When inspiration strikes, writers sometimes jump into scripting, and then discover halfway through that their characters lack depth. Though it may seem tedious, it
While no one (except you) will ever read these exercises, your audience will appreciate it when the characters in your film are realistic and well-developed. Read on to find out some fun writing exercises to help develop strong characters.
Make a Trait List
If you’re REALLY stumped on a main character, make “Trait List” of two columns, with the headers of “Desire” and “Hindrance.” Dynamic characters often have a passion or desire (for example, a love of mountain climbing) that is hindered by another trait (like a fear of heights). Put the passion or positive trait under the “Desire” column, and the negative trait under the “Hindrance” column. Just one or two of these pairs will add layers of conflict to your script.
Write a Diary Entry as the Character
This is the tried and true method of getting into your character’s head. Write about important events from your character’s childhood, or something that happens in your screenplay, or just about a typical day. Remember to write in the first person, unless your character is Elmo.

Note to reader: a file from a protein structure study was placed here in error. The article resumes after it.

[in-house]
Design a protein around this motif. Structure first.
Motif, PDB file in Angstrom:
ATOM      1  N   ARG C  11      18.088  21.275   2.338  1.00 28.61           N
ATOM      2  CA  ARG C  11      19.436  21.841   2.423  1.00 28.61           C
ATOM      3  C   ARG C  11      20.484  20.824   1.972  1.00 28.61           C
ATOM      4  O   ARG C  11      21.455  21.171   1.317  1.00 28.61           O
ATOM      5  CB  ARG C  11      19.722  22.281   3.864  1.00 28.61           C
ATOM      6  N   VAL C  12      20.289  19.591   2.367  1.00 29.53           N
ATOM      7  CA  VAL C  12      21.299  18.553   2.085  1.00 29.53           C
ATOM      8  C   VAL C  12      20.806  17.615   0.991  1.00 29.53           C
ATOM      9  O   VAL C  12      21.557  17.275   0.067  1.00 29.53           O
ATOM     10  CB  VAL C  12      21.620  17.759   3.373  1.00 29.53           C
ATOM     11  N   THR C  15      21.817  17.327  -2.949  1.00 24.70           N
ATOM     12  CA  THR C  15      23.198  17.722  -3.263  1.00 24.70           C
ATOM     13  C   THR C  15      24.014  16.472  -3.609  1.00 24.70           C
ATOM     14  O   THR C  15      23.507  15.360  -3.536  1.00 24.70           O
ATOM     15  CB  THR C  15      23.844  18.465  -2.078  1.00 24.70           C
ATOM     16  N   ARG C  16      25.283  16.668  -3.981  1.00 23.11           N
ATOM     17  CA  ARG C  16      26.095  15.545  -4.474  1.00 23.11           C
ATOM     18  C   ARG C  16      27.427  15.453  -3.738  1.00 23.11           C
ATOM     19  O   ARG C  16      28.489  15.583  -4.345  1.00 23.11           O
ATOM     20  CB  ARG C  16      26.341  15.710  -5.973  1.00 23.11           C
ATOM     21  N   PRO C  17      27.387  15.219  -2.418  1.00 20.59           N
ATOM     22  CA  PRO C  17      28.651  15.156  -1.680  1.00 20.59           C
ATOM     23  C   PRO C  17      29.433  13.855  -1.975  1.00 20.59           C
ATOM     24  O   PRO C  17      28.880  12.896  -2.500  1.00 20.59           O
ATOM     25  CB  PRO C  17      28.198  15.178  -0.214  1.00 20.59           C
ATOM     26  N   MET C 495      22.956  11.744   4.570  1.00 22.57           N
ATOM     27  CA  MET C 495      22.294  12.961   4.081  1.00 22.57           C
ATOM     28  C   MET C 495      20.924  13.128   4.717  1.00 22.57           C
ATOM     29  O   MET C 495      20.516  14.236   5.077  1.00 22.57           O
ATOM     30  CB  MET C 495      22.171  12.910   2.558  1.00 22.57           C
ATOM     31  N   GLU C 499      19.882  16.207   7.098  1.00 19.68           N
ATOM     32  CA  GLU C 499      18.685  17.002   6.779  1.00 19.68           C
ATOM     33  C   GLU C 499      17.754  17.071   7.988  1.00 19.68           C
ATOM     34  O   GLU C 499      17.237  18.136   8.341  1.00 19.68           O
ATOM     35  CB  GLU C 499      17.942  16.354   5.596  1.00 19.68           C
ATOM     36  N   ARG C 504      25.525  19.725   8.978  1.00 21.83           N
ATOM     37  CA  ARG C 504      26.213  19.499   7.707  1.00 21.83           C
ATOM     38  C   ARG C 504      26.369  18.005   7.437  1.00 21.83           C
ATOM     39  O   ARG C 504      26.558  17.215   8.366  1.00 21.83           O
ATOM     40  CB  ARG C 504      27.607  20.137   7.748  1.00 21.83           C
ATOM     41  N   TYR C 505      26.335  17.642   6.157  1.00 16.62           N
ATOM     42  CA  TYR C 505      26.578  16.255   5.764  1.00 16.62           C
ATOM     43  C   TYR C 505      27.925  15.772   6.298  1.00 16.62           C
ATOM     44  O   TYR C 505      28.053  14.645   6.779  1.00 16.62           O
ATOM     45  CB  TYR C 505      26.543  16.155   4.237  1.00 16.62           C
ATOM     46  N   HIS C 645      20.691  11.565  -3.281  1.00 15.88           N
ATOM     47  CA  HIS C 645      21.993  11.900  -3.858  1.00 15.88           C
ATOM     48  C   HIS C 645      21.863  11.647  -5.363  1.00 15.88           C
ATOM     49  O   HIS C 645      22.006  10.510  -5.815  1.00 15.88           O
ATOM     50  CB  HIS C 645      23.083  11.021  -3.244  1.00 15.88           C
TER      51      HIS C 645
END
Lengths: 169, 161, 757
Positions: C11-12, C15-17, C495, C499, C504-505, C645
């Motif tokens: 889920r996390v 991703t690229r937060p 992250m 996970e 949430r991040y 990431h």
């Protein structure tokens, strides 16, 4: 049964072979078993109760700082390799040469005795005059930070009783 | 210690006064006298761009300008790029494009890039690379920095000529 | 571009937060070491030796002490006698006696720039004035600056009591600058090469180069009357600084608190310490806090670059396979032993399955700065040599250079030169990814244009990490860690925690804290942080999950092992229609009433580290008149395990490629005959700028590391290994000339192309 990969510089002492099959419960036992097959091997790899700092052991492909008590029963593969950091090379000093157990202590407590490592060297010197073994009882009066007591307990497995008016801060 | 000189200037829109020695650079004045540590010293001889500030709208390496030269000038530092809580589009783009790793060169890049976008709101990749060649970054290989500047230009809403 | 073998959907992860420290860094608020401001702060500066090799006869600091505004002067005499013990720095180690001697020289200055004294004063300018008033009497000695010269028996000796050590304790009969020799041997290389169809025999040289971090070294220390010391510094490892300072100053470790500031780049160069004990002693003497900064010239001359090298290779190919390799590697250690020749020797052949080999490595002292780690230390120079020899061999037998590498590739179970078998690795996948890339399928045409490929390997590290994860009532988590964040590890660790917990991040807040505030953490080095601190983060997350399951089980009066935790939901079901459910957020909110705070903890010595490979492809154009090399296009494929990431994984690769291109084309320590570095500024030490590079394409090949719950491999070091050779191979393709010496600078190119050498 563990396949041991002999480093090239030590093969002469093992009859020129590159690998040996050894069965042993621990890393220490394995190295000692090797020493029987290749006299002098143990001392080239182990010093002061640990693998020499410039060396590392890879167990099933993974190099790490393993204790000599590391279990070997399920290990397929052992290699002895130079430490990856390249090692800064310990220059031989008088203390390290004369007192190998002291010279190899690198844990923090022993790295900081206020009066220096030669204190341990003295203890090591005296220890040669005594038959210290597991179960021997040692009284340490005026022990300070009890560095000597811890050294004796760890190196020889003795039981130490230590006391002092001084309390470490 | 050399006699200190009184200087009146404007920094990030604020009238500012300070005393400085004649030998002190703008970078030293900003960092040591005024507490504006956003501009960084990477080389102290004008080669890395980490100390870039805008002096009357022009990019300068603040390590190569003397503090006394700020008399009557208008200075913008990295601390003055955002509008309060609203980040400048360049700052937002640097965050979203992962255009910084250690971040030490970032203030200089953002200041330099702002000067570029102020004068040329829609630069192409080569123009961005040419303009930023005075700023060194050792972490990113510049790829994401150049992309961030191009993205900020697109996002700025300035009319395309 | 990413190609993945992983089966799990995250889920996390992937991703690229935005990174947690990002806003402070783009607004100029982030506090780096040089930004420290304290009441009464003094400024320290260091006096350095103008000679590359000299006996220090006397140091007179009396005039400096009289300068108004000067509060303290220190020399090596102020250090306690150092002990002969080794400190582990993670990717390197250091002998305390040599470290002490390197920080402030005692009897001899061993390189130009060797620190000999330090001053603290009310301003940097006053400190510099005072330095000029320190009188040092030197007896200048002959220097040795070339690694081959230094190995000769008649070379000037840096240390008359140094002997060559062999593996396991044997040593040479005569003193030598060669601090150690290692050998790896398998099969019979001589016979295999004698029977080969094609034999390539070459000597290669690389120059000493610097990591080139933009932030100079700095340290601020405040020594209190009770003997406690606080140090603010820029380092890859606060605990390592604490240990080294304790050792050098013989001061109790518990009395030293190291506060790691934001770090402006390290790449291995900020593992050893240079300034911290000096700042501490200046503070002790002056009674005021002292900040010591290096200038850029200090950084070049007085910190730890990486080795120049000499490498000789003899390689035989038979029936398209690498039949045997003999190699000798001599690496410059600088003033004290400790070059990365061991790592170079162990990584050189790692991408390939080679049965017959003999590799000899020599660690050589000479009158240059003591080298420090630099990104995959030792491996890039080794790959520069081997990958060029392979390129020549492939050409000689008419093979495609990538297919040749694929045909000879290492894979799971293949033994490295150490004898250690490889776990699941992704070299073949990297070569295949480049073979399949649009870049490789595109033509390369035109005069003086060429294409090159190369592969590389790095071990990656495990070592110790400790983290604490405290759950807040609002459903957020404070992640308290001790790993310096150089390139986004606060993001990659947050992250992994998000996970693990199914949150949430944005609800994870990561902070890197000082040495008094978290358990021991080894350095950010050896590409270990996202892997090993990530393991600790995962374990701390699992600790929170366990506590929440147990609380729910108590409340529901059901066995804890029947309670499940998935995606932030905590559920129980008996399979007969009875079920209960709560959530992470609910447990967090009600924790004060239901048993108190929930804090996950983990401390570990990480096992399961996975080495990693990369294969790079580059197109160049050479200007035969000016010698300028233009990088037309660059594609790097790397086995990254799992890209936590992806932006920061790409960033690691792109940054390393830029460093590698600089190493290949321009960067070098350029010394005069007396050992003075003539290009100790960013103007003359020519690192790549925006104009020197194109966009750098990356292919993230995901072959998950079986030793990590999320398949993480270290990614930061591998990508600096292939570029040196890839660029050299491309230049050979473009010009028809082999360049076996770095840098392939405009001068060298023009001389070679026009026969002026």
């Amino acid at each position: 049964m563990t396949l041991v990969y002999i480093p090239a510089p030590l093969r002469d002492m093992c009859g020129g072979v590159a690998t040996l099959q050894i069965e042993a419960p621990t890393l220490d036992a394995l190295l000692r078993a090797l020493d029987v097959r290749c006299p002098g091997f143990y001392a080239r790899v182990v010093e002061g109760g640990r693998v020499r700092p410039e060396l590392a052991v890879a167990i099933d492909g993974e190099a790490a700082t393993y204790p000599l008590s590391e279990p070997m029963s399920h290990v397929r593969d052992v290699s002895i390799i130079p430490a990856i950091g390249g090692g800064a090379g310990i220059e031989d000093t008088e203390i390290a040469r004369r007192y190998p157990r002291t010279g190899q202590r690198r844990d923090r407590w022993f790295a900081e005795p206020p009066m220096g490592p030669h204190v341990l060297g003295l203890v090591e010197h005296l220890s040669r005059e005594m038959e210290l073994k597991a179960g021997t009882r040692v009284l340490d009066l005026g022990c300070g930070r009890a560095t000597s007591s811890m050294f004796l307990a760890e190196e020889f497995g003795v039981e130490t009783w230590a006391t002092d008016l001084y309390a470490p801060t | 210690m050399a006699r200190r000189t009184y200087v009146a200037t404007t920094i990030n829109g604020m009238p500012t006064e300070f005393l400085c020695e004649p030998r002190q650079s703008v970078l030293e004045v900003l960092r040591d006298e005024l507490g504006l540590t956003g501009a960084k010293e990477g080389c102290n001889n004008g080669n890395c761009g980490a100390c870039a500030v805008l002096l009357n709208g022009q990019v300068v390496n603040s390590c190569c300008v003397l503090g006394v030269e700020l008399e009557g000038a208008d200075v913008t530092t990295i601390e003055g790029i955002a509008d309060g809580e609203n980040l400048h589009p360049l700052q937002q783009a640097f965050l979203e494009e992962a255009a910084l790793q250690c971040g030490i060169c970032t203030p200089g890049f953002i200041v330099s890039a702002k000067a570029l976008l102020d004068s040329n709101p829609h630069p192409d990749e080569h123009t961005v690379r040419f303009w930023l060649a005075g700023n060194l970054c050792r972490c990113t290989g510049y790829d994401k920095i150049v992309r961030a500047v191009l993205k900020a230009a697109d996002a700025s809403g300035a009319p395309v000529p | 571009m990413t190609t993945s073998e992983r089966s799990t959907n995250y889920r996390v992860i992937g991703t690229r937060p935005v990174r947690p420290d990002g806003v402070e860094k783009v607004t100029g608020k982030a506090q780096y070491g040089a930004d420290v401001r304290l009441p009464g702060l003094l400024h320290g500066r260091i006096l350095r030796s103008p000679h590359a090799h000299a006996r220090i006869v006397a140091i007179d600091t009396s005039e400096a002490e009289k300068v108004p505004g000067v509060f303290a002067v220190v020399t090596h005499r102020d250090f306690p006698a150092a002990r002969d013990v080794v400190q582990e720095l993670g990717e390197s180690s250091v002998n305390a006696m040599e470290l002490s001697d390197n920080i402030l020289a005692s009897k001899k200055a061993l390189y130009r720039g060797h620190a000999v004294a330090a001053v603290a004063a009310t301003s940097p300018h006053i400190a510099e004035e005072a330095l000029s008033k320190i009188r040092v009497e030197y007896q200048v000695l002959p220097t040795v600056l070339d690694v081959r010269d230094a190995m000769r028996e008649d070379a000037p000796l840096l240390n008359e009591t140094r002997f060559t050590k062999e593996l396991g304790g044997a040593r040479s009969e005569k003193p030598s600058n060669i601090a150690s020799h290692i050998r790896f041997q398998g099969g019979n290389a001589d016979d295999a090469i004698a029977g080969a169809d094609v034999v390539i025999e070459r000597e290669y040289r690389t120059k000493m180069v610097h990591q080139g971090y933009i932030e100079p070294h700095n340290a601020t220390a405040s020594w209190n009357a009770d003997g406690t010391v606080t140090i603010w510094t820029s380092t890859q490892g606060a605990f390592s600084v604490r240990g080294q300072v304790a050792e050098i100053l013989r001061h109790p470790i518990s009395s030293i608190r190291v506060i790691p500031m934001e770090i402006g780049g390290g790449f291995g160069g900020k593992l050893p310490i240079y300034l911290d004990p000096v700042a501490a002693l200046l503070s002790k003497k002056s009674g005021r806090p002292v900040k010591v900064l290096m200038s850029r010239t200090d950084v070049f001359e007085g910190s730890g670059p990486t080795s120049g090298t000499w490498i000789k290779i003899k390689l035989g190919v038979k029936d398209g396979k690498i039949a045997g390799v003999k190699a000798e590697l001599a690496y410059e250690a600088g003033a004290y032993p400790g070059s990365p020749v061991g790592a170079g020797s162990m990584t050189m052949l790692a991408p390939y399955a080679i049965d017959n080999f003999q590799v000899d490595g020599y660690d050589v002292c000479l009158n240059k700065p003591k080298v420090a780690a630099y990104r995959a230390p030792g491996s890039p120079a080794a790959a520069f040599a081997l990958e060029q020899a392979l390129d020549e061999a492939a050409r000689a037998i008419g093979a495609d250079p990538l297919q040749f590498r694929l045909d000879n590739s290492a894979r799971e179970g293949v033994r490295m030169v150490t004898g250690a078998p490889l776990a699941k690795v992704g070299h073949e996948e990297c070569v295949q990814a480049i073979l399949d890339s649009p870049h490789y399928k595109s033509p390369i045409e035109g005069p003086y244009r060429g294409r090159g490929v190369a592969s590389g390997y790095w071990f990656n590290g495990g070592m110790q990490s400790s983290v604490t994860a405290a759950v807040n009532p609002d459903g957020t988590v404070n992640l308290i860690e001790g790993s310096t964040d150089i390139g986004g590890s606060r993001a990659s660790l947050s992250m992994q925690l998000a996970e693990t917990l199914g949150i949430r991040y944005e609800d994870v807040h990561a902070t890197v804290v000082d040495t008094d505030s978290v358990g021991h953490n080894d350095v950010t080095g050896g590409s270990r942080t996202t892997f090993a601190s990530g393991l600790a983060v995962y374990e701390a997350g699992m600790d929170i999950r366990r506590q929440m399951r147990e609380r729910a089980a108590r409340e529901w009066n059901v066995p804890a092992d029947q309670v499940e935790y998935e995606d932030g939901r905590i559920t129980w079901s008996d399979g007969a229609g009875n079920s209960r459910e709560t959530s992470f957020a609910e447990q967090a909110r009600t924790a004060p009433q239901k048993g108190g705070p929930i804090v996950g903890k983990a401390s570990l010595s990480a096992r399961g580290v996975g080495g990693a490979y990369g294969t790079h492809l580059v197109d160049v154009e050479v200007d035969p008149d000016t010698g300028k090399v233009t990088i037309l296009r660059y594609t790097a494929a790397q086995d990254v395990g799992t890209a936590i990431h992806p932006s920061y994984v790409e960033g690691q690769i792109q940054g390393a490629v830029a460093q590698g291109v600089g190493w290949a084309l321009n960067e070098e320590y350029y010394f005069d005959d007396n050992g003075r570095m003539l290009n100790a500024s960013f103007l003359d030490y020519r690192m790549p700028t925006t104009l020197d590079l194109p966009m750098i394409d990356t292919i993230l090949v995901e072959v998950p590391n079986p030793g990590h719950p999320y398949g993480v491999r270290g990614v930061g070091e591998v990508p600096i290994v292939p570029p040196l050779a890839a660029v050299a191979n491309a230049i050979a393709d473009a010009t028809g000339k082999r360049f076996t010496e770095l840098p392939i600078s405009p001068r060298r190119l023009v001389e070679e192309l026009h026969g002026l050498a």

Fill Out an Online Survey as the Character
Remember when you were 14 and writing in your Livejournal (No? Just me? Okay), and you filled out online surveys with questions about everything from who you last texted to how many times you’ve snorted cocaine? If you can answer every one of those questions about your character, you’re ready to write.
Write an Account of an Event in Your Film from Each Character’s Point of View
Once you have a good handle on several of your movie’s major characters, take a pivotal scene from your script and write a description of it from the perspective of each of your characters. It will solidify your characters even more, while helping you develop each one’s specific voice and worldview.